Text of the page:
5 Surprising Geography Lessons from Google Analytics

A client got all excited today about a part of his Google Analytics report that doesn’t always excite people. The top ten cities from which his website gets visitors are, it turns out, just the towns he wants to reach.

When you check the geographic reports at Google Analytics (Audience> Geo), what do you see? For many business owners, it’s either kind of exciting to see how many different place people came from, or mildly interesting but not actionable information.There’s more there.

Here are five pieces of actionable data your GA Geo report can provide:

How many visitors are in your service area?

It doesn’t cost you any more to have online visitors from other continents than to have people from your service area, but let’s face it: those visitors from Zurich won’t be calling for an appointment at your Fayetteville dental practice. If you’re not seeing a majority of people in places you want to reach, it’s time to make some changes in your content, some local linkbuilding, and updates at your G+ business page.

Are you seeing lots of spam traffic?

If you’re an international service organization with strong followings in Russia and Brazil, then traffic from Russia and Brazil is great. If you’re a local or national business, the traffic from these countries is probably spam traffic. It doesn’t do your website any harm, but it makes it hard to get accurate information from your analytics. Check your Referrals report and filter out the spambots.

Which states are top on your list?

Most websites reaching out to a national audience will see New York, Texas, California, and Florida close to the top of the list of states. That’s just math. If you’re seeing your local state close to the top, whether you want to court local traffic or not, that’s also what you’d expect. If there are surprises, though, it’s worth exploring. Are you aware of the visitors coming from that surprising state? Are you meeting their needs? Can you convert them to customers? Can you replicate what you’re doing in that state — in another state?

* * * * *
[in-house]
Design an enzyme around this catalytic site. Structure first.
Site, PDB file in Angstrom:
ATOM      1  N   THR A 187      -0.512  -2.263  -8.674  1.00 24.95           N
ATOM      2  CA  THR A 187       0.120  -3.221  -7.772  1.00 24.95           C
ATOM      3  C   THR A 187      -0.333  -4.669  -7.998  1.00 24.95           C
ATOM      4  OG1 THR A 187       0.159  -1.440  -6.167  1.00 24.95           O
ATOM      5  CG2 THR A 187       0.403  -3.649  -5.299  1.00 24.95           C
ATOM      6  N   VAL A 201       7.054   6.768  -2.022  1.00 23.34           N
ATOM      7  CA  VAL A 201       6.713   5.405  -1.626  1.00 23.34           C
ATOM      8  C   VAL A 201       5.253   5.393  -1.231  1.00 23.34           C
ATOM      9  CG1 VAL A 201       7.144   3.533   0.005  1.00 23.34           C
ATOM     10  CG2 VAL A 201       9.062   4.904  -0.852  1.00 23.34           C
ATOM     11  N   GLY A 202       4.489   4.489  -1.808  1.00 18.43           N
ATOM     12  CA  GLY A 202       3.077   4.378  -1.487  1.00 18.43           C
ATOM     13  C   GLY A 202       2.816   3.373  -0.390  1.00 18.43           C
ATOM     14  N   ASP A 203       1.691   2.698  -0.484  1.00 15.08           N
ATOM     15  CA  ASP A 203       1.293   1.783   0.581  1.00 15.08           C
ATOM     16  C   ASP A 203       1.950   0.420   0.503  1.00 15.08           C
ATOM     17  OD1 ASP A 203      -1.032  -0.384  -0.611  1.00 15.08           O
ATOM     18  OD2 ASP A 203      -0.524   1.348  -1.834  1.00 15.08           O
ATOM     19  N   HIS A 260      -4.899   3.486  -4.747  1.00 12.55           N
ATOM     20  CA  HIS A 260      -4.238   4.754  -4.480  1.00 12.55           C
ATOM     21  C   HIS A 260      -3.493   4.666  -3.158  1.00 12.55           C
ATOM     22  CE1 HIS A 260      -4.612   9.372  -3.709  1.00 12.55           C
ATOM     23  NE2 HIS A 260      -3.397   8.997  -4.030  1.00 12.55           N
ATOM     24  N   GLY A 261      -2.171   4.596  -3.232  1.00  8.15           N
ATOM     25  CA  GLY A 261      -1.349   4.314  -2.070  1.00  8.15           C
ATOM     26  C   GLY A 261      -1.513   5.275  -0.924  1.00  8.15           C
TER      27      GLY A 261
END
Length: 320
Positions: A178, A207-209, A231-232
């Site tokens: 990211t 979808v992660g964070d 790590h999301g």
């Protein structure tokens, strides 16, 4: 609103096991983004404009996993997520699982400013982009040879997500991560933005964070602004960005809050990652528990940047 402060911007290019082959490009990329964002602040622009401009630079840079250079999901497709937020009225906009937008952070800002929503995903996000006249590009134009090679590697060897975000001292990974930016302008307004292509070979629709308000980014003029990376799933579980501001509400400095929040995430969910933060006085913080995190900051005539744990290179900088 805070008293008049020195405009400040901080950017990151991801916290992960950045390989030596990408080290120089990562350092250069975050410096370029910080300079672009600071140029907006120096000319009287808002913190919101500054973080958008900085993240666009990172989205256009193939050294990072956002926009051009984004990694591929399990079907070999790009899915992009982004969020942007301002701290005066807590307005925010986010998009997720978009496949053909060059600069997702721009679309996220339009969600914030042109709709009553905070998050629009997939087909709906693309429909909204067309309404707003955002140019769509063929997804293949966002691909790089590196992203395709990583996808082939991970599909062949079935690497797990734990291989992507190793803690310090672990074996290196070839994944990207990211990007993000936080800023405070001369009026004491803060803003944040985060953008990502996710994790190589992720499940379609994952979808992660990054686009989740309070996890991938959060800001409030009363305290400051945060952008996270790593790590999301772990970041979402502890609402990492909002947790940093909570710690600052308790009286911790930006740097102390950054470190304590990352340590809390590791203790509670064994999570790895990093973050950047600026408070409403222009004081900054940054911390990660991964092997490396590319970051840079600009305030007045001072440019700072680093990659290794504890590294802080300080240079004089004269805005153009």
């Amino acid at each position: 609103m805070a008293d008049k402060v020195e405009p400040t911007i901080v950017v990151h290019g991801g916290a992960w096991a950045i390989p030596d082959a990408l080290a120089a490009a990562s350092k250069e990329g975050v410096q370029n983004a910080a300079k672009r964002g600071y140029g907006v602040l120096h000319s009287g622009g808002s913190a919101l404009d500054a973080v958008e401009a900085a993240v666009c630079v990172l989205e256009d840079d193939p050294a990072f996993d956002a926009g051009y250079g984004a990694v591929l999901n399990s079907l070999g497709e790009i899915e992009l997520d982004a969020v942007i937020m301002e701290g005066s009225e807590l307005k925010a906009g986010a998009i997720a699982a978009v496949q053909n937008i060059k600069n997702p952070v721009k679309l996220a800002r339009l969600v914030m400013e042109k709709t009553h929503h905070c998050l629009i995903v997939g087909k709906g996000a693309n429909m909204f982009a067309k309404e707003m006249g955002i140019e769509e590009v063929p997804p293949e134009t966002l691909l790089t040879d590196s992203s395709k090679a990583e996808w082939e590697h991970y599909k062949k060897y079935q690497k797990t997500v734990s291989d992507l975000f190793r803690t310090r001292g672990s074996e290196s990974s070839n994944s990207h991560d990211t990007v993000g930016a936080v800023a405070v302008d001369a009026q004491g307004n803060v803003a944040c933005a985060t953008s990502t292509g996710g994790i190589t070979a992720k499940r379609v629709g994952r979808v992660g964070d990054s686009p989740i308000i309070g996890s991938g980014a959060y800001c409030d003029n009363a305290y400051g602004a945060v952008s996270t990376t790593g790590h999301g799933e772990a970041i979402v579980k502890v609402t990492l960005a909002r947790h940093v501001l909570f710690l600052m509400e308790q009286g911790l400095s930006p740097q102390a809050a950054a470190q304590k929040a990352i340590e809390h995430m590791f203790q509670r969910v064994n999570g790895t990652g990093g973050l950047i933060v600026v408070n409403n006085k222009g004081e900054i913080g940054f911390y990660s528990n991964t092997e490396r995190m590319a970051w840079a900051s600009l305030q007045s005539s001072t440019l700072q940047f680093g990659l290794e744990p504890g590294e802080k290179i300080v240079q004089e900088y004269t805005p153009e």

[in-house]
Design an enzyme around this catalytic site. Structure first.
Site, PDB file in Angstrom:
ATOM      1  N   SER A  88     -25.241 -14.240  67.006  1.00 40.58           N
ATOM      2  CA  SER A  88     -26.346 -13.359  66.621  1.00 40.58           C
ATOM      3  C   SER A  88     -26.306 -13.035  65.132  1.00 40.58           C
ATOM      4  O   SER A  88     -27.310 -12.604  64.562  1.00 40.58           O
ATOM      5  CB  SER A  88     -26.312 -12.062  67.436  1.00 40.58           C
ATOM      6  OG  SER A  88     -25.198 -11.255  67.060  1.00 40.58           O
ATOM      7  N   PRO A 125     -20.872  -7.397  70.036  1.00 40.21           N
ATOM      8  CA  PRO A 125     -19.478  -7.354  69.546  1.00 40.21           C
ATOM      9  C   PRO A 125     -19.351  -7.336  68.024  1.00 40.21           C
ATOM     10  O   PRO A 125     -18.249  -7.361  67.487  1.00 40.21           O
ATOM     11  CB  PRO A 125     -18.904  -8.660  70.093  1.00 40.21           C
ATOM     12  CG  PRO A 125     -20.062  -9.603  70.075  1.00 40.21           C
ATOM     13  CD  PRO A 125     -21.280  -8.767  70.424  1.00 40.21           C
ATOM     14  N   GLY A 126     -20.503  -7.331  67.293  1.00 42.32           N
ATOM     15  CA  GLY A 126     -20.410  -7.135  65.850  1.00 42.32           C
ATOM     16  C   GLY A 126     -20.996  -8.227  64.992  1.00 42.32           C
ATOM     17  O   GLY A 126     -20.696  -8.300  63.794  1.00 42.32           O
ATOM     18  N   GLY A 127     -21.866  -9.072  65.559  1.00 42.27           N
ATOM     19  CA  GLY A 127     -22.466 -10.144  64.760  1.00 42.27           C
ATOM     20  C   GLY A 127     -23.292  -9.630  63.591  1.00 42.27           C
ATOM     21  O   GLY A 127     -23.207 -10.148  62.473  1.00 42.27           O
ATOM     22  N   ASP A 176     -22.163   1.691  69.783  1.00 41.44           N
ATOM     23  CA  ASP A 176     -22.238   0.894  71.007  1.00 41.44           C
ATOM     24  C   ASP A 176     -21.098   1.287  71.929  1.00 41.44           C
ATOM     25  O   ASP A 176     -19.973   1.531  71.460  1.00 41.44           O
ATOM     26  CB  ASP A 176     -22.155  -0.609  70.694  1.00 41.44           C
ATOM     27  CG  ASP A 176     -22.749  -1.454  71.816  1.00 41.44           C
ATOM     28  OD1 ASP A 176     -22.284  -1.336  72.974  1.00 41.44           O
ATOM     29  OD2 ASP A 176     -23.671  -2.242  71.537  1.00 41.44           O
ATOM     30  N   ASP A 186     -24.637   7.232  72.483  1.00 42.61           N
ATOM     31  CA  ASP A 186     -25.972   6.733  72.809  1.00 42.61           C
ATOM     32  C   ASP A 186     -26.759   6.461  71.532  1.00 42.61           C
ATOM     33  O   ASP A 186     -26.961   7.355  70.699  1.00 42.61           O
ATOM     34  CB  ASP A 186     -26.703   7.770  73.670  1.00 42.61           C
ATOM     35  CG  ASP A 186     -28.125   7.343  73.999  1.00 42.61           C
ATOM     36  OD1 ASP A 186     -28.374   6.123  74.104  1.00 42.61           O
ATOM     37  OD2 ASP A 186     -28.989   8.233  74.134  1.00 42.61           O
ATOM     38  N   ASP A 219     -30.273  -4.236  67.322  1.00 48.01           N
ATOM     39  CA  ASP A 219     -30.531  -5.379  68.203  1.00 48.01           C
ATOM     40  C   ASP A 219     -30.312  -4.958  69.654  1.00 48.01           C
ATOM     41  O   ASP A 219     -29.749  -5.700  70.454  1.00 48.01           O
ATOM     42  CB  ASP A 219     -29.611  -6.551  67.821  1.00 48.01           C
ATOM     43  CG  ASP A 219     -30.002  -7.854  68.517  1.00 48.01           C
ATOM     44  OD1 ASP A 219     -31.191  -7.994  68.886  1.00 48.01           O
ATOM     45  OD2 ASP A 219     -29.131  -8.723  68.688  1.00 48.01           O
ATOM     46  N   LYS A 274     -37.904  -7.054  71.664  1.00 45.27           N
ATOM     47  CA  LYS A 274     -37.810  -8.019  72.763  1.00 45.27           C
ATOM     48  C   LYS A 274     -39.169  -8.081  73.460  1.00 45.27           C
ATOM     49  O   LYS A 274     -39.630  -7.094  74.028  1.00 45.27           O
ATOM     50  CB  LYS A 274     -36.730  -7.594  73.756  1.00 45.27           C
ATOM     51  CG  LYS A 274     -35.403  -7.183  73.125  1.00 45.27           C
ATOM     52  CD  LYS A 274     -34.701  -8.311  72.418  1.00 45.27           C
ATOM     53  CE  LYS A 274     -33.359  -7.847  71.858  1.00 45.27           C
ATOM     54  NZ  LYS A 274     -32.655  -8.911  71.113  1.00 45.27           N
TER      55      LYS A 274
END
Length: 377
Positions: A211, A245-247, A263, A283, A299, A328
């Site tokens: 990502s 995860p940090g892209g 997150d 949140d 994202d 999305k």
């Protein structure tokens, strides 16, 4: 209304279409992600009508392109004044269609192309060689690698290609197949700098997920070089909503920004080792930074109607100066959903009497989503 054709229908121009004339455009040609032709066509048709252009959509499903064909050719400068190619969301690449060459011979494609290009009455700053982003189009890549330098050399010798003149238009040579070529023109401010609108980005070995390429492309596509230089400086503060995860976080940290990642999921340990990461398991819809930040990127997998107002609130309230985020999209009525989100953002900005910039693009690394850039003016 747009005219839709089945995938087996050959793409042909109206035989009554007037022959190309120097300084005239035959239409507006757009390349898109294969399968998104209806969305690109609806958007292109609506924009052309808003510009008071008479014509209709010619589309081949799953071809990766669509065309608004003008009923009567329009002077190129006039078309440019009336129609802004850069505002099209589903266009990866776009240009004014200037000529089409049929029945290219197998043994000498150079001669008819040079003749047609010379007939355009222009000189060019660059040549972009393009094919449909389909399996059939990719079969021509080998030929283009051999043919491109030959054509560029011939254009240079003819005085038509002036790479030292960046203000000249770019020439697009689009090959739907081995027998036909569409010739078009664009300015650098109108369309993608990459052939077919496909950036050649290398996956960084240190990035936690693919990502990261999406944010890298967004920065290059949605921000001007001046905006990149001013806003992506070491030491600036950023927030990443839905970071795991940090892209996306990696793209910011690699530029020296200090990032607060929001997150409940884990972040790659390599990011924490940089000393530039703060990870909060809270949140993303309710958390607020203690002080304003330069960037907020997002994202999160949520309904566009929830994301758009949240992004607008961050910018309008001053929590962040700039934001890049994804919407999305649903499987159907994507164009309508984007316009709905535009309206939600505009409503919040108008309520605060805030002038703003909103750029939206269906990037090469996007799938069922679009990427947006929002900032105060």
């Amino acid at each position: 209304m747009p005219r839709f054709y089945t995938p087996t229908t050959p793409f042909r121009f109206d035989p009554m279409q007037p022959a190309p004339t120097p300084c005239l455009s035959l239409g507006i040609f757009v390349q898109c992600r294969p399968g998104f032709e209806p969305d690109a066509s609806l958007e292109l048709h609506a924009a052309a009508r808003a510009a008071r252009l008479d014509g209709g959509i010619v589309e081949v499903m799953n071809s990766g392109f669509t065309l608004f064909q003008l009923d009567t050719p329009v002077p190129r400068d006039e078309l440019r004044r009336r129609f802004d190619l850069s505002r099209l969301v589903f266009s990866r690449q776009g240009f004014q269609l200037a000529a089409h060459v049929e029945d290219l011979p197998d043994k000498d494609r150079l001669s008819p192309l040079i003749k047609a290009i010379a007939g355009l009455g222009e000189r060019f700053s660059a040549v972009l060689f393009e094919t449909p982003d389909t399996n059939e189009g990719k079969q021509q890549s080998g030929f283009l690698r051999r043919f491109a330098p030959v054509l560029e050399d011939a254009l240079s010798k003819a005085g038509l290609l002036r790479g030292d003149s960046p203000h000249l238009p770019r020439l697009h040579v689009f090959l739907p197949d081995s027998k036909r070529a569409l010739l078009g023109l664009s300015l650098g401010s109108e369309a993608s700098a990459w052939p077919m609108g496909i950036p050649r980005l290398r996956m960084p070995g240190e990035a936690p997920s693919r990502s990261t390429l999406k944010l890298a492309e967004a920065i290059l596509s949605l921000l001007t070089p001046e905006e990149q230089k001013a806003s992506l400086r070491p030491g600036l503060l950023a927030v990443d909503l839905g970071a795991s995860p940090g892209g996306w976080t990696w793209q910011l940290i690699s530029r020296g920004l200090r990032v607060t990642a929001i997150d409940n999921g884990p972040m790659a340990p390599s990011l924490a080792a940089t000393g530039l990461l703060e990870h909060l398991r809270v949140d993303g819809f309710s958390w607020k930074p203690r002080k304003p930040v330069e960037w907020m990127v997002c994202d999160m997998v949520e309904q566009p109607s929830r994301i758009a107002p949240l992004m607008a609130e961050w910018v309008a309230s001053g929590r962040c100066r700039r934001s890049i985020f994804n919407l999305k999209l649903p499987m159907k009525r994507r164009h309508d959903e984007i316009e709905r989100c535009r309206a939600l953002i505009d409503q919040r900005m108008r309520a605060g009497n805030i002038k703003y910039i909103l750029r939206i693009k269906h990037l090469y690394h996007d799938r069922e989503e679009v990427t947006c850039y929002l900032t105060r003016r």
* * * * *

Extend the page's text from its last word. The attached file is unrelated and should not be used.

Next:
Compare conversion rates.

Here at Haden Interactive, we like our international customers a lot, but almost 80% of our online conversions are from people in the United States. If you see higher conversion rates in some cities than in others, you can use that information to plan where you’ll advertise, which speaking engagements you’ll court, or which branches need to step up their game.

Check the languages.

Under “Geo” you’ll find both Location and Language. This tells you what language your visitors choose. This report is often a surprise to website owners who built their website in English and don’t realize that their visitors may choose other languages. Since language and location don’t always go together, you should check this information even if you have a local business. The language information can give you some insight into tourists visiting your museum, which languages you should look for among your bilingual staff, and whether you should offer downloads in a second language.







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